The 14th annual Millbrook Horse Trials kick off this Thursday in New York, and nearly 500 horses and riders are entered to contest Tremaine Cooper’s cross-country course, which features new fences on the area’s famous rolling hills. What makes Millbrook such a highlight of the season for so many eventers? Steve Blauner, who sits on the organizing committee, said there’s more than just one answer.
“Partly, it’s the scarcity factor, as Millbrook is the last event of the season in Area I that still runs Advanced and Intermediate divisions,” Steve said. “Secondly, we really try to make it a first-class experience for the horses and riders; as we say, it’s all about the riding.”
Fellow organizing committee member Louise Meryman focuses on making sure the facilities are top notch for horses and riders alike, Steve said. And Millbrook has a beautiful backdrop to create those top-notch facilities for competitors, as the countryside truly makes this event one of the most picturesque in Area I.
“It’s just beautiful country with the rolling hills, which a lot of riders find refreshing, particularly if they’re based outside Area I,” Steve said. “This event gives an opportunity to run your horse over something other than totally flat ground.”
Course designer Tremaine Cooper introduces new elements to the course each year, from the Beginner Novice level all the way up through Advanced, which this year boasts 48 entries. “We’re one of the few events in the country that runs Beginner Novice to Advanced, and the course is meant to be friendly and welcoming to the riders at all levels,” Steve said.
The terrain makes Millbrook an ideal venue for watching cross country too, as spectators can see large sections of the course while perched on one of the hills. The WaterView Tent is also a favorite spot for spectators to watch the action, Steve said.
“You can buy a ticket to have breakfast and lunch in the WaterView Tent and sit right by the water jump to hear expert commentary from professional riders, who will take the mic all day long while the horses are going through the water,” Steve said.
And while cross-country day is sure to thrill both riders and spectators alike, one of the true highlights of the weekend will come on Sunday during the annual Benefit Luncheon, which this year will feature the inaugural presentation of the Charles Owen Equestrian Role Model Award to Courtney King-Dye.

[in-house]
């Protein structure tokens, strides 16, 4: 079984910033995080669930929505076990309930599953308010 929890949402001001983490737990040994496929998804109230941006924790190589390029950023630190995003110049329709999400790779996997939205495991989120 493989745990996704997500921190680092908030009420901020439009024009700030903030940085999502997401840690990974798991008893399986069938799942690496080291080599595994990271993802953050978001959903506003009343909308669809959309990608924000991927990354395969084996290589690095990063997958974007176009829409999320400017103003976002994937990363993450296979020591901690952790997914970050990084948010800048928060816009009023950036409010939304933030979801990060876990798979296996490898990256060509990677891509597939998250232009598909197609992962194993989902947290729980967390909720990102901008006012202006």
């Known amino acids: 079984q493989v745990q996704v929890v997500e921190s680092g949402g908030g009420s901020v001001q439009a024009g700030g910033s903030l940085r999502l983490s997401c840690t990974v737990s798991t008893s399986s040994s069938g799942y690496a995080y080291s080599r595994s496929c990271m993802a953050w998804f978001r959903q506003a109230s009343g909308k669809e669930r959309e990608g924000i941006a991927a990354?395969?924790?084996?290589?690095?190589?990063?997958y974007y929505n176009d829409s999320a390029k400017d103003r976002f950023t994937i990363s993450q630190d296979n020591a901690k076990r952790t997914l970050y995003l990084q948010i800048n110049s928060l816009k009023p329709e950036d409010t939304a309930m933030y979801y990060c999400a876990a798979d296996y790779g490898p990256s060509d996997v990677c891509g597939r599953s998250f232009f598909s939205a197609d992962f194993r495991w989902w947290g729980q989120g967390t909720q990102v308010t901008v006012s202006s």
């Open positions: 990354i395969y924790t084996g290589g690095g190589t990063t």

“This is the first year that we’re fully operational as a 501(c)3,” Steve said. “In the past, our lunch was run by, staged by and put on by the Duchess Land Conservancy, which conserves the land over which we run the event. This year, we were on our own to organize the lunch.
“The board was looking to do something significant and different. One of our board members, Bridget Colman, came up with the idea of giving an award to a horse person who has made a significant, positive impact on all equestrian sports.”
Though none of the board members had ever met Courtney, they unanimously agreed that she has made an incredible impact on the lives of riders in all equestrian sports through her advocacy work to raise helmet awareness since she suffered a traumatic brain injury in a fall in March 2010.
“For me personally, the hat never went on until I started to jump and sat perched on a post on my outdoor ring,” Steve said. “That’s really changed since Courtney’s accident and her outreach through Riders4Helmets. She was a natural person to receive this award.”
The board decided in February to give the award to Courtney, which proved to be serendipitous timing, as Silva Martin’s fall that left her with bleeding and swelling on her brain occurred one month later.
“Boyd said that Silva really owed her life to Courtney because she started wearing a helmet after Courtney’s fall, and had Silva not been wearing her helmet on March 5, the diagnosis would have been a very different and much more dire one,” Steve said.
It’s sure to be an emotional occasion on Sunday, as Silva will present the Charles Owen Equestrian Role Model Award to Courtney, the person who arguably saved her life.
“Nobody would ever accuse me of being a very emotional sort of person, but I just couldn’t be prouder about the award and how it’s come together,” Steve said. “It’s so unusual when one person can make such a positive contribution to so many people. Teachers and great artists and great people like Courtney can honestly say, ‘I’ve made an impact on literally tens of thousands of people and probably saved a few lives.’”
The award gives $5,000 to the winner to be donated to the charity of choice, and Courtney will be donating the prize money to Riders4Helmets, which recently celebrated the 5th annual Riders4Helmets International Helmet Awareness Day on July 12.
Tickets are still available for the Benefit Luncheon and can be purchased on Millbrook’s website. A ticket to the lunch also includes a prime seat for the PRO Four Bar Competition, in which two PRO riders and two local amateur riders will compete against each other for $1,000 in prize money.
Between the huge Advanced division, presentation of the Charles Owen Equestrian Role Model Award at the Benefit Luncheon and PRO Four Bar Competition, it’s going to be an action-packed weekend at Millbrook. Visit www.millbrookhorsetrials.com to purchase tickets for the Benefit Lunch and WaterView Tent.
Go Millbrook, and Go Eventing.